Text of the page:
Mar 5 2014
Imagine the scene yesterday: I needed to find one piece of paper, a particular form that will accelerate the process of renewing my daughter’s passport before we travel to the United States this July, for my younger brother’s wedding.
List-maker and Type A that I am, I thought I had the perfect system in place, and that finding this form would be easy-peasy. One hour later, I had opened every file cabinet and folder and drawer in the house, with a forest worth of paperwork covering every available space in the living room. My entire bureaucratic history in Israel exposed, the last 17 years of job applications, funny newspaper articles, and editorial cartoons from the New York Times, and all the fantasies I had constructed: the new car I cannot afford, the Canyon Ranch spa that represents the vacation I so desperately need, the novel I started one night after a particularly inspiring dream.
After another hour of digging through the chaos, I found the passport file, right next to THE WEDDING BOOK. Several envelopes containing a full set of plans for my Israel wedding, from the caterer to the diamond ring to the chocolatier, to the list of potential and acceptable music which would accompany me down the aisle (Either orchestral “Field of Dreams” soundtrack or “One Heart” from “West Side Story”). All the contact information was there, ready to be activated should I get engaged, if I were getting married ten years ago; I am fairly certain that most of these people in the “field of happy occasions” have changed their numbers by now. Apparently we–my potential husband and I–were planning on traveling to the Far East for our honeymoon. Read the rest of this entry →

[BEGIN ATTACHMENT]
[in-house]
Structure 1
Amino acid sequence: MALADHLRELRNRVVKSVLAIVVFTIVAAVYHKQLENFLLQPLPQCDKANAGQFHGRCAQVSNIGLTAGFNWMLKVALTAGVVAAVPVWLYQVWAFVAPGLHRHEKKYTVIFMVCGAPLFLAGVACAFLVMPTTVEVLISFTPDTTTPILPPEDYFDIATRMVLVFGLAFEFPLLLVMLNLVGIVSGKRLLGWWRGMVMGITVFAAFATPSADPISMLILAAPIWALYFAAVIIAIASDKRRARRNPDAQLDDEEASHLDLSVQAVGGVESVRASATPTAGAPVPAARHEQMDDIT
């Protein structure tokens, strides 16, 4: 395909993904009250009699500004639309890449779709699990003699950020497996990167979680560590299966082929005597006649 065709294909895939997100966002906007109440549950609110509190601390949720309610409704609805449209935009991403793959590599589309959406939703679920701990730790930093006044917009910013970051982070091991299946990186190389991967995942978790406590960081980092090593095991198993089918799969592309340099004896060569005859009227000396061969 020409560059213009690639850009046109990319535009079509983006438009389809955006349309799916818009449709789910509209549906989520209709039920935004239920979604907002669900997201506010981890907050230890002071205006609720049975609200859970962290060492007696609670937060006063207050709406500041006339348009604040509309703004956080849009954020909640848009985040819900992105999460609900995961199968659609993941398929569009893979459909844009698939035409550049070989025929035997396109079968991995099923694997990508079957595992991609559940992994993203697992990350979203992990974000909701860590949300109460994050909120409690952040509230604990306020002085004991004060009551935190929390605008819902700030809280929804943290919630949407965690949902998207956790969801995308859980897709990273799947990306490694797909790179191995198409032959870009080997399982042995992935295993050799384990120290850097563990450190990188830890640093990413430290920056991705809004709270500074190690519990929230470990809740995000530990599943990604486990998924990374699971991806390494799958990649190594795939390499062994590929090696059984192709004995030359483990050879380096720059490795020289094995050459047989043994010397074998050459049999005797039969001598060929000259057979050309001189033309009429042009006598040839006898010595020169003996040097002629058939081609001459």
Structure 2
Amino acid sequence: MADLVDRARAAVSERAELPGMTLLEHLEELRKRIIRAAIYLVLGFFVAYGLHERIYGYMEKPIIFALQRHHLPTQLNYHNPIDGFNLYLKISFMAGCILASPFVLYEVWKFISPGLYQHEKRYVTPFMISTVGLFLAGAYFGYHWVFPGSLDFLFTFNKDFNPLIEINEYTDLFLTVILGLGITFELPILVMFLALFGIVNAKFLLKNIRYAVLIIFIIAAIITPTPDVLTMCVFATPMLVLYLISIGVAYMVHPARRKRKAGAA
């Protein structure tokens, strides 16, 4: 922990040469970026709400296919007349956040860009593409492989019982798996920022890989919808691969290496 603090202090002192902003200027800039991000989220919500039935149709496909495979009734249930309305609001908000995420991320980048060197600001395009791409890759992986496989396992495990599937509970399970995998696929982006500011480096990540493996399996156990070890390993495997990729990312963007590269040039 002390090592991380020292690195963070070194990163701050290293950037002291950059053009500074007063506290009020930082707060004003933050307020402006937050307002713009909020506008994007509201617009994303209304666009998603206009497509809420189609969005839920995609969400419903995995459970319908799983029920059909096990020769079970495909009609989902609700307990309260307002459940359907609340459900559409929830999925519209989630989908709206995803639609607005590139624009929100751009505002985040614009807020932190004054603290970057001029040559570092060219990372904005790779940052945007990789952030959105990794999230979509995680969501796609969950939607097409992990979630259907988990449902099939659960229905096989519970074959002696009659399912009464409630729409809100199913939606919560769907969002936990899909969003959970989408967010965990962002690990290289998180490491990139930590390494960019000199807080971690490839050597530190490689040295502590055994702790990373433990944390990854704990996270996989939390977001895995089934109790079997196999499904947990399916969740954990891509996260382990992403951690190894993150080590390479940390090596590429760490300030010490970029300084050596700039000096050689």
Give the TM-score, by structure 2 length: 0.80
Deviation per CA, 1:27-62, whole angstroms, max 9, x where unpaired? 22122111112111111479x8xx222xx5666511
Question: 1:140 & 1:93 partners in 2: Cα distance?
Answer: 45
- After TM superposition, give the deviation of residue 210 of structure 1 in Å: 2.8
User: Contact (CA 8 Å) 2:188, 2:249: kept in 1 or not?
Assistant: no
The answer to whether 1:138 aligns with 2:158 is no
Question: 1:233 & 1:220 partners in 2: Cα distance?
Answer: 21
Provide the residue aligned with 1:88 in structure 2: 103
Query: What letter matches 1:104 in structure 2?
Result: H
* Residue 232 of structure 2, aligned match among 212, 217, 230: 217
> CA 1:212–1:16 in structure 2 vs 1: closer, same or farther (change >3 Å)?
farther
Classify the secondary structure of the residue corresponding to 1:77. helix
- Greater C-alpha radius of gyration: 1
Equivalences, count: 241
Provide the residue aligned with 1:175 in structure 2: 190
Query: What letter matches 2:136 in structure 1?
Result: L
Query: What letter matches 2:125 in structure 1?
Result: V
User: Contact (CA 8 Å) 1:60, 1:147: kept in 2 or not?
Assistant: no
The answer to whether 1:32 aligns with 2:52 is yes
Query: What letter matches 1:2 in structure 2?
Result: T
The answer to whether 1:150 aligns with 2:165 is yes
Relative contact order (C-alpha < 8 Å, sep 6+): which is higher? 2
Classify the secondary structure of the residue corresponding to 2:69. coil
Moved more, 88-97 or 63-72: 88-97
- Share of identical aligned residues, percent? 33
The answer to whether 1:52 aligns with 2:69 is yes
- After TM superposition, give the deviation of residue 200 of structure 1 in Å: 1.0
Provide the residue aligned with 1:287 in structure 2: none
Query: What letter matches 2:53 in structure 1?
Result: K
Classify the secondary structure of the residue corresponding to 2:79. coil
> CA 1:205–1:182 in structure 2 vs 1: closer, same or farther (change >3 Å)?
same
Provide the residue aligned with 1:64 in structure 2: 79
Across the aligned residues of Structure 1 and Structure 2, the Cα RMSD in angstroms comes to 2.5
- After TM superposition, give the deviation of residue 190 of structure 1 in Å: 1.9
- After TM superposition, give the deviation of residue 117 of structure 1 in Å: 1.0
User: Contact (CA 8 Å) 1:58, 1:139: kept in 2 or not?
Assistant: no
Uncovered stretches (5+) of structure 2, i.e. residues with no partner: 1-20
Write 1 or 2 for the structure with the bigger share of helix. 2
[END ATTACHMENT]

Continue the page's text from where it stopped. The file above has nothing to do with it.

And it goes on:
Feb 10 2014
All the parenting news you probably didn’t have time to read this week.
-Do more equal marriages mean couples are having less sex? In short, yes. Or at least those were the findings of a study which appeared in The American Sociological Review last year. Check out the New York Times’ fascinating reporting on the subject, which is bound to be the topic of dinner table discussions for a while. (The New York Times)
-Losing a nipple can be a traumatic side effect of breast cancer surgery. After losing her nipple in a double mastectomy, one Israeli survivor spent a year studying with a silicon designer who specializes in prosthetics and invented the first ever a prosthetic nipple–filling an important niche for women all over the world. (JTA)
-Are Jewish day schools gender-typing our kids as young as preschool age? What is long-term impact of an elementary education that encourages Talmud study for boys and Challah baking for girls? These are the questions raised in a new book by Elana Sztokman and Chaya Rosenfeld Gorsetman titled, Educating in the Divine Image: Gender Issues in Orthodox Jewish Day Schools. Check out Tablet’s fantastic podcast interview with the book’s author. (Tablet Magazine)
-Here’s a novel idea: using beans to talk to kids about money and charity. Since kids often can’t compute number in the five or six digit range, this author suggests breaking down the family pie visually in order to foster a healthy discussion about giving and where the family finances get distributed. (The New York Times)
-Check out this poignant essay by Kveller contributing editor Adina Kay Gross about losing her father when her twins were just 18 months old and how she keeps his memory present in their day-to-day lives. (Modern Loss)
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Jan 22 2014
My daughter’s preschool teacher has created a daily task in which we, the parents, write “mitzvah notes” for our children each day. These notes are meant to describe the ways in which our children are helpful, cooperative, or did good deeds. The notes are read in class with the children, who, I am told, are excited to hear and discuss the good things they have done.
I must admit that when I first learned about this task, I considered it a burden. How, I wondered, could we be expected to come up with a good deed that our 3-year-old did each day? Have you ever met a 3-year-old? I knew it would be far easier to rattle off “not so mitzvah notes,” like so:
She refused to brush her teeth.
She refused to get out of the bath.